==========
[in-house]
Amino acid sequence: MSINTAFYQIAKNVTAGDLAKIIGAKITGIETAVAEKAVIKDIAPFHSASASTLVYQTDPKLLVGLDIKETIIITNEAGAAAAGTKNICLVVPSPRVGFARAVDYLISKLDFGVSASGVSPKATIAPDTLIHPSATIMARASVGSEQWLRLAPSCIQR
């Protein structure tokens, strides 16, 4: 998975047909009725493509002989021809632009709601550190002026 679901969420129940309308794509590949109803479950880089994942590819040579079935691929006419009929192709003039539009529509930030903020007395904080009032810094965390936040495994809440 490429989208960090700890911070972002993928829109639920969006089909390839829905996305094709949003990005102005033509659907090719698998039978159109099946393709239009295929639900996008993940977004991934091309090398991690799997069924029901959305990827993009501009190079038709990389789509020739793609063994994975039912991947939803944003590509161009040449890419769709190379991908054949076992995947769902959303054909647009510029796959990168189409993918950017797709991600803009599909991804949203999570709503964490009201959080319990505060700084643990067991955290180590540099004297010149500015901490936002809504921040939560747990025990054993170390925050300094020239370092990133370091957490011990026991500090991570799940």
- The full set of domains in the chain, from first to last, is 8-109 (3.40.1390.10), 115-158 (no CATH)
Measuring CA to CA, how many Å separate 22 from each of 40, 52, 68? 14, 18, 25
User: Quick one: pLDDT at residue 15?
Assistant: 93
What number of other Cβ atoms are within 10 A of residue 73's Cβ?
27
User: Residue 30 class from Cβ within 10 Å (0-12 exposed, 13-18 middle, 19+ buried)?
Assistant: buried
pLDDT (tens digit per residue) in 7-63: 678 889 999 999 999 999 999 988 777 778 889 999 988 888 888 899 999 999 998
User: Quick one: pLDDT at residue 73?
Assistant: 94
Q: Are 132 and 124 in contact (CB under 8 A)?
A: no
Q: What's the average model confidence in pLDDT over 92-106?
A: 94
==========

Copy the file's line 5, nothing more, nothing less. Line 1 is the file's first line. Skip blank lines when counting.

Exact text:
Measuring CA to CA, how many Å separate 22 from each of 40, 52, 68? 14, 18, 25